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How to Avoid and Appeal Suspended Seller Accounts

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According to a recent Jungle Scout survey, 75% of Amazon sellers are worried about Amazon abruptly shutting down their account or listings — seemingly without reason

And it’s a valid concern. Amazon account suspensions could result in the loss of your massive investment of time, energy, and money. Everything you’ve spent on your Amazon business can vanish in an instant.

Fortunately, you won’t have to worry about that. We’ve got your ultimate guide to Amazon account suspensions to help you navigate those treacherous waters.

 

*April 10, 2020 Update:

Due to the COVID-19 outbreak, on April 9, 2020, Amazon announced that it would temporarily pause suspensions related to supply chain and fulfillment difficulties. As of March 20, 2020, Amazon has not been suspending sellers who have had high late shipment rates, and Amazon says these changes will remain in effect until May 15, 2020.

 

What happens when you get suspended by Amazon?

There are four unique types of Amazon seller account interruptions, and it’s important that you understand the difference between them. We’ve ordered them by severity – from low to high.

ASIN Suppression

In addition to having your account suspended, you can also have your ability to sell an ASIN (Amazon Standard Identification Number) suppressed.

If an ASIN is suppressed, it’s still in Amazon’s database. But you, personally, cannot sell it — even if it’s your product! However, similar to Amazon account suspensions, you can appeal to have your ASIN reopened.

To learn how to lift an ASIN suppression see ‘Plan of Action’ (POA) below. 

Suspension

The first step Amazon takes when removing a seller’s privileges from its platform is to suspend the seller’s account. This may seem like bad news, but being suspended actually means that you have a chance to contest the suspension. 

And, if you’re lucky, Amazon will have revealed the reasons for the suspension in their notification, along with time frame to appeal — typically seven days. 

Usually, when this happens, it means responding to Amazon’s concerns by writing a Plan of Action letter detailing how you will address their issues with your account.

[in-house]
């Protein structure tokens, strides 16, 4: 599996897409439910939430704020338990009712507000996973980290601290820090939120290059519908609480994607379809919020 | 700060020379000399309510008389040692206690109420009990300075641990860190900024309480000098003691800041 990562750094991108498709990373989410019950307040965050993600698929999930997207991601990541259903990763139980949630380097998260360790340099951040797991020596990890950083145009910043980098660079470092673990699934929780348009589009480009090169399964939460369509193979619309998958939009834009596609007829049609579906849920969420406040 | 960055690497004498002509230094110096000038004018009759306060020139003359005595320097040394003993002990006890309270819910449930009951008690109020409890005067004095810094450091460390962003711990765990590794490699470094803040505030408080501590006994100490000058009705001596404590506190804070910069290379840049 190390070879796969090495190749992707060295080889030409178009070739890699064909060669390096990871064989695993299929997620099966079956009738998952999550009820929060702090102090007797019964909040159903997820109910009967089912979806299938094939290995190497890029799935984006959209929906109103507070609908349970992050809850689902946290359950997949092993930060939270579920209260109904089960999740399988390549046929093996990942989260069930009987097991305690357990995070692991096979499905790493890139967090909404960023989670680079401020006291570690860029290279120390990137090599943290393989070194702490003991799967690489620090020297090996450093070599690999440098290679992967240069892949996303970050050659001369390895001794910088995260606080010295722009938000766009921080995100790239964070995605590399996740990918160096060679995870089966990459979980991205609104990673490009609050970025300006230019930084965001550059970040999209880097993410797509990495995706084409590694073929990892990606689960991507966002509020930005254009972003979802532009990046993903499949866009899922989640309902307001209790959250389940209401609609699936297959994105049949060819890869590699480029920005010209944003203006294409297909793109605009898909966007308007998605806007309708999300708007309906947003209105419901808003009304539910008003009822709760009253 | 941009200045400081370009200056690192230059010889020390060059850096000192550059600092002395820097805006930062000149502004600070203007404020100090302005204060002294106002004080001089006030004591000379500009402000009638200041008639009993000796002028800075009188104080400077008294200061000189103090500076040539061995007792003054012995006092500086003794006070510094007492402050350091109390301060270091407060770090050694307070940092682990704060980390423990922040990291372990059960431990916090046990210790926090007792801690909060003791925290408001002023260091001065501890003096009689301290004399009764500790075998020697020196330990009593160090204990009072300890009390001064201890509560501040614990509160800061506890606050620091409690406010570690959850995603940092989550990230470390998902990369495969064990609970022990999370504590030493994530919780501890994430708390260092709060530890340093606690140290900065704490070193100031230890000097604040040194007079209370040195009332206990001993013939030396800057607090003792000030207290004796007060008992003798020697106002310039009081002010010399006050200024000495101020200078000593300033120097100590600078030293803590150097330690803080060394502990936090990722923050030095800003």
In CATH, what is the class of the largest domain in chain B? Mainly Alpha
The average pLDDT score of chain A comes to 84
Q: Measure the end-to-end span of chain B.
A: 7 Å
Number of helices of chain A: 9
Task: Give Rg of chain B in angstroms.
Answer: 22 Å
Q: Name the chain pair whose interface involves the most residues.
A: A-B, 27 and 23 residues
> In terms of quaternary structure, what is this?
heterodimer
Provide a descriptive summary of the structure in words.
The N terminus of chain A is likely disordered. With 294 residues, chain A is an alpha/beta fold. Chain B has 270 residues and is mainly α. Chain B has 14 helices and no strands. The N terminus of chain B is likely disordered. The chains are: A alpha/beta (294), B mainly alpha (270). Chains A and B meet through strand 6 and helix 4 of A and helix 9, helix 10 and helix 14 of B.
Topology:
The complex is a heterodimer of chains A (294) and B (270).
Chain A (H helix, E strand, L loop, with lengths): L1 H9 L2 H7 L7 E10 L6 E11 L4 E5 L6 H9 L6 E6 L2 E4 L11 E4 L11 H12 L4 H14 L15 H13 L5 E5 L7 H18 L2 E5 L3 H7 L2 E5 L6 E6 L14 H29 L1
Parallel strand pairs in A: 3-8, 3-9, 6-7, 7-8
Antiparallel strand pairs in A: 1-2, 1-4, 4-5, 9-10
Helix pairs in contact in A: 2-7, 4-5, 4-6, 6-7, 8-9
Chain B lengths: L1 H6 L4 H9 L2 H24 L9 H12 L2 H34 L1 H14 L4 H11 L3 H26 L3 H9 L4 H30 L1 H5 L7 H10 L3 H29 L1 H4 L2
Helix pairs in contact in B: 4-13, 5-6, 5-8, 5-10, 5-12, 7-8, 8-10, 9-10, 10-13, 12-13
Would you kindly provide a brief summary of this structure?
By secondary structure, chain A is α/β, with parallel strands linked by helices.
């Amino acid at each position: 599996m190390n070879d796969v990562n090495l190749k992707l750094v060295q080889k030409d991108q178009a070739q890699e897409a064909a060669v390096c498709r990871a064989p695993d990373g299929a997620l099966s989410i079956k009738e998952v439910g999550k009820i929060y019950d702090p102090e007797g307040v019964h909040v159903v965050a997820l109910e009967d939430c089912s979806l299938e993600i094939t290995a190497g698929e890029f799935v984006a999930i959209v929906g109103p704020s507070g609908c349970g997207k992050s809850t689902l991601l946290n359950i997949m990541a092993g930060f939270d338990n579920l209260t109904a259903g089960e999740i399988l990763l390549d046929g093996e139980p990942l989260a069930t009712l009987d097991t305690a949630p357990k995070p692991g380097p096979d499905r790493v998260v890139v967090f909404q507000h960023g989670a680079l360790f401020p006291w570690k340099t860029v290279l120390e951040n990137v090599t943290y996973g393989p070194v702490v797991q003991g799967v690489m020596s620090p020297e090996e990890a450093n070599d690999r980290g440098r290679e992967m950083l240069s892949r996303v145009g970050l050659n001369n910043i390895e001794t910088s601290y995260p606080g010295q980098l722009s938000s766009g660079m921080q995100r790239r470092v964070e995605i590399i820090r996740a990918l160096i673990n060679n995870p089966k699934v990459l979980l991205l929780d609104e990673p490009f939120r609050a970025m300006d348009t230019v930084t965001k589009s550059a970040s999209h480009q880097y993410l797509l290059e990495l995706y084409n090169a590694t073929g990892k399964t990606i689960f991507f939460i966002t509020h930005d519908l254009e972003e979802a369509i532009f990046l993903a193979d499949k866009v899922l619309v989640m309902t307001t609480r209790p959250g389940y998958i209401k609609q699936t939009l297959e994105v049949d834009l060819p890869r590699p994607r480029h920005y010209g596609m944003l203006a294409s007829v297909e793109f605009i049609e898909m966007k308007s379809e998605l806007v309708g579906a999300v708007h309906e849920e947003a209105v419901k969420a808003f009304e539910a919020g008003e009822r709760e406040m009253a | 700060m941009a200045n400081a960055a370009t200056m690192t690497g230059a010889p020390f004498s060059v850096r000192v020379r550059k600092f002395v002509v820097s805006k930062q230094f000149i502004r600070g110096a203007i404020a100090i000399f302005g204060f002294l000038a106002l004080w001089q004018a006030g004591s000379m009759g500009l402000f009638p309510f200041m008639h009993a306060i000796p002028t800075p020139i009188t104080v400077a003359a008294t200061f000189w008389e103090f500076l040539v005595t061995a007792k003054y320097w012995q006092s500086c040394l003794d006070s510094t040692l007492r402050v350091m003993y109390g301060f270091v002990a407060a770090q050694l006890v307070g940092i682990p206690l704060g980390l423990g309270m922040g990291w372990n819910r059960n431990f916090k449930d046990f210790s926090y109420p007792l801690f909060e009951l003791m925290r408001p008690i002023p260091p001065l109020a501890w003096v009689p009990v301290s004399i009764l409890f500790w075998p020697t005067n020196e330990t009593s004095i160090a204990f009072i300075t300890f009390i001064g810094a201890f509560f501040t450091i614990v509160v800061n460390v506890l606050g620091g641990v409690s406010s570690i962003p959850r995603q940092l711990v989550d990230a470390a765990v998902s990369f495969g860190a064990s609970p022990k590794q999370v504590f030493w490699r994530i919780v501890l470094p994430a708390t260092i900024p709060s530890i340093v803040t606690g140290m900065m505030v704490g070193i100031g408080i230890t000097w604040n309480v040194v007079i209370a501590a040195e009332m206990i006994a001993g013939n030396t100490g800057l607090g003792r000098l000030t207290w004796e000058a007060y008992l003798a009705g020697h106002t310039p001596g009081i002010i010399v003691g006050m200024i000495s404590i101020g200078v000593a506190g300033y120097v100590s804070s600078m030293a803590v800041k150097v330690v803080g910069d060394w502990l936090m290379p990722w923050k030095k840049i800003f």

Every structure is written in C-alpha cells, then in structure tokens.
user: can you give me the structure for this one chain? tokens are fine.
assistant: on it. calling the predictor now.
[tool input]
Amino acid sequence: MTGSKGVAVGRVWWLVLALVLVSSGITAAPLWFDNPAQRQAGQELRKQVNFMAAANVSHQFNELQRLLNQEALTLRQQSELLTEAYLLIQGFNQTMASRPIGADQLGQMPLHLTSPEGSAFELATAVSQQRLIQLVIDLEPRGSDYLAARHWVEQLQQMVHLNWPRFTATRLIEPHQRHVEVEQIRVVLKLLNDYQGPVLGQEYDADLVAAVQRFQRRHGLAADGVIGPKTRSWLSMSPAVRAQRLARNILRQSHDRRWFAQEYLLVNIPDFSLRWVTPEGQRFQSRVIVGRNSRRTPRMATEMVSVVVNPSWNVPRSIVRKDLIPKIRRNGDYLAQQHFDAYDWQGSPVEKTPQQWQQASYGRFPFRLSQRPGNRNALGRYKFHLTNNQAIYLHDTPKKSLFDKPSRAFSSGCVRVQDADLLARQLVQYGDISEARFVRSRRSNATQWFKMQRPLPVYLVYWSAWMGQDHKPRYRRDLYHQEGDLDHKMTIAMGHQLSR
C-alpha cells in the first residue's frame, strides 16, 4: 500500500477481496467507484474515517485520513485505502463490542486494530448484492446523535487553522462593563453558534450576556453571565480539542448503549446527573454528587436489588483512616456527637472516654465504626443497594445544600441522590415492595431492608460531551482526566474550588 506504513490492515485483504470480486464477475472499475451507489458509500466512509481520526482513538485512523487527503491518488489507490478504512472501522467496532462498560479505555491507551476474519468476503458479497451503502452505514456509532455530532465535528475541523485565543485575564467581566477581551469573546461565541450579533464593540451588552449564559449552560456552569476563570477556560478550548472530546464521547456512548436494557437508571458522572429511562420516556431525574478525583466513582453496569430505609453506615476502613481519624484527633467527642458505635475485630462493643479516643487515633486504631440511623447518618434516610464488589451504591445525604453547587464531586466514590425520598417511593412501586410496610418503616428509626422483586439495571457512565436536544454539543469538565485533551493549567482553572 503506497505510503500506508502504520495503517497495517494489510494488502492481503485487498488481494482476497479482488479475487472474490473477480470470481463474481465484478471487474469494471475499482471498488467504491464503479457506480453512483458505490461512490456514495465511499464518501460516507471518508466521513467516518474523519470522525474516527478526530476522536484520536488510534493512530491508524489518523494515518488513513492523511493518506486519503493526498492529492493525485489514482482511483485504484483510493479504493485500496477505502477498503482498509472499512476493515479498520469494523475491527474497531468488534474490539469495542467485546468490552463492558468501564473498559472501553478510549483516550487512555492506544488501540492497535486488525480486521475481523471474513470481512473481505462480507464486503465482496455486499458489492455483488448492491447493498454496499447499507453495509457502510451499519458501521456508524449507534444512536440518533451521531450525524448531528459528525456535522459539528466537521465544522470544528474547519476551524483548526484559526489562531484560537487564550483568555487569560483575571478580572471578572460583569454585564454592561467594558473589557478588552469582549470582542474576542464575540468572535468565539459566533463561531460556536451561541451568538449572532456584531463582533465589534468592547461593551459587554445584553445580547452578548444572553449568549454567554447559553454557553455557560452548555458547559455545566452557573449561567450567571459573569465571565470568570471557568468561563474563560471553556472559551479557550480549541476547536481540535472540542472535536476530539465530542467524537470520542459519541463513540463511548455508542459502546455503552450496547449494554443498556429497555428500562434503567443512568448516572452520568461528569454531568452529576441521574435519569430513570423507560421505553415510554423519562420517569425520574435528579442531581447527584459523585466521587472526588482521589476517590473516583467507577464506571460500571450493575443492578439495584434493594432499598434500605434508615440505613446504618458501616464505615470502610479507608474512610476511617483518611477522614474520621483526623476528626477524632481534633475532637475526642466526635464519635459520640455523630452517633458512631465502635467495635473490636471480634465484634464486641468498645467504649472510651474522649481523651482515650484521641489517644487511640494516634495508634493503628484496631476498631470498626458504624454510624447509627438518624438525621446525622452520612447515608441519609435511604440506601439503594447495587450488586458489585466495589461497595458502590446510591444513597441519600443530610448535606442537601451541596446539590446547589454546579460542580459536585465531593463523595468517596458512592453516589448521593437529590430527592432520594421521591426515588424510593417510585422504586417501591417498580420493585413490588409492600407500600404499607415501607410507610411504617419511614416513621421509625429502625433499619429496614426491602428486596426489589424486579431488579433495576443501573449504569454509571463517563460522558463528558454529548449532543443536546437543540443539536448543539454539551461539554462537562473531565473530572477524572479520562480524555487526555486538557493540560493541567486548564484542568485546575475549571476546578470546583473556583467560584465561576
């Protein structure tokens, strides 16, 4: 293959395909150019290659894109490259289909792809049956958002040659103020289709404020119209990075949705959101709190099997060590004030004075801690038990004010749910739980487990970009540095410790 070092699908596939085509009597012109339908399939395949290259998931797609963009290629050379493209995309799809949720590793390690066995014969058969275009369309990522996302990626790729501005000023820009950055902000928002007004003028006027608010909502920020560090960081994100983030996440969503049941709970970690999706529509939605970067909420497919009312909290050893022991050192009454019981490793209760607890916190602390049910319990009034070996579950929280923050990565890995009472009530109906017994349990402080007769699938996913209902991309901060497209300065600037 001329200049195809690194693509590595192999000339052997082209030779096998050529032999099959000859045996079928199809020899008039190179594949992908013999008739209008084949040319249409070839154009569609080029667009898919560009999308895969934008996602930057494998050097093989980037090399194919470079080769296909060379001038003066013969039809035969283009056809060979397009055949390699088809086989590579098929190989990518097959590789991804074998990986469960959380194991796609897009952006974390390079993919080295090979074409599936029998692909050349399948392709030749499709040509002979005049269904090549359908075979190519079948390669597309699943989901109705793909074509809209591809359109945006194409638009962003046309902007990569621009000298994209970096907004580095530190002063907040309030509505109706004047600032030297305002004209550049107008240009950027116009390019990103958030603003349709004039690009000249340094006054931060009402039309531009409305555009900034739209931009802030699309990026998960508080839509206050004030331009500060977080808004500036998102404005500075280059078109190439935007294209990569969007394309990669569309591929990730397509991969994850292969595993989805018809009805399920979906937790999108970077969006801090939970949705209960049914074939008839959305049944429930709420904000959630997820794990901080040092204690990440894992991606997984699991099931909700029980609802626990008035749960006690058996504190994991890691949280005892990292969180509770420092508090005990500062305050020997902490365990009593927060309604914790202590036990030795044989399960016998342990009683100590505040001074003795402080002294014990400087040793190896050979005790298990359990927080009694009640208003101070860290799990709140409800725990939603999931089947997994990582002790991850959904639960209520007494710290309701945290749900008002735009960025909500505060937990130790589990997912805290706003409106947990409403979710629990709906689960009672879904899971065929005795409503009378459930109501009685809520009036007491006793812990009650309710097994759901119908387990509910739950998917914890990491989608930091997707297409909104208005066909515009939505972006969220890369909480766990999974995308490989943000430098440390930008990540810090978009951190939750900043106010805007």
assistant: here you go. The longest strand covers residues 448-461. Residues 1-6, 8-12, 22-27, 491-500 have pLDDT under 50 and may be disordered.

Again, we cover how to write a Plan of Action letter later in this article.

Denied

After you’ve submitted a Plan of Action to Amazon, your POA may get denied. A denied status isn’t the end of the world though. You can rewrite and resubmit it to make your case. 

Also, there is no set limit to the number of times that appeals can be resubmitted. 

I’ve seen claims on seller forums that say some sellers have submitted multiple appeal letters until they finally gave the POA Amazon was looking for.

Banned

Finally, the worst-case-scenario for a suspended Amazon seller is a complete ban.

Once banned from the platform, Amazon will no longer read your emails or accept your Plans of Action. In other words, you’re done. 

It may be possible to start another account, but Amazon is pretty good about “sniffing out” dummy accounts, so a ban usually (and effectively) ends your career as an Amazon seller.

 

Important: Take a moment to reflect before you act

Regardless of which interrupted account status you’re given, make sure you take a moment to pause and reflect on your circumstances. 

Sometimes our first instinct is to reply right away in protest, but that can (and often does) backfire. 

Instead, follow the steps detailed below.

 

What can you do if you’re suspended/suppressed on Amazon?

Step 1. Consider what may have caused the suspension/suppression

Occasionally, Amazon can be somewhat vague regarding the reasons for your suspension, suppression, denial, or ban. So, if the letter from Seller Support doesn’t reveal the causes for the status, take a step back and think about all of the actions you’ve taken within the last few months.

Also keep in mind that the event that led to the change in your seller status might come either from something you did and can control or from something outside of your control.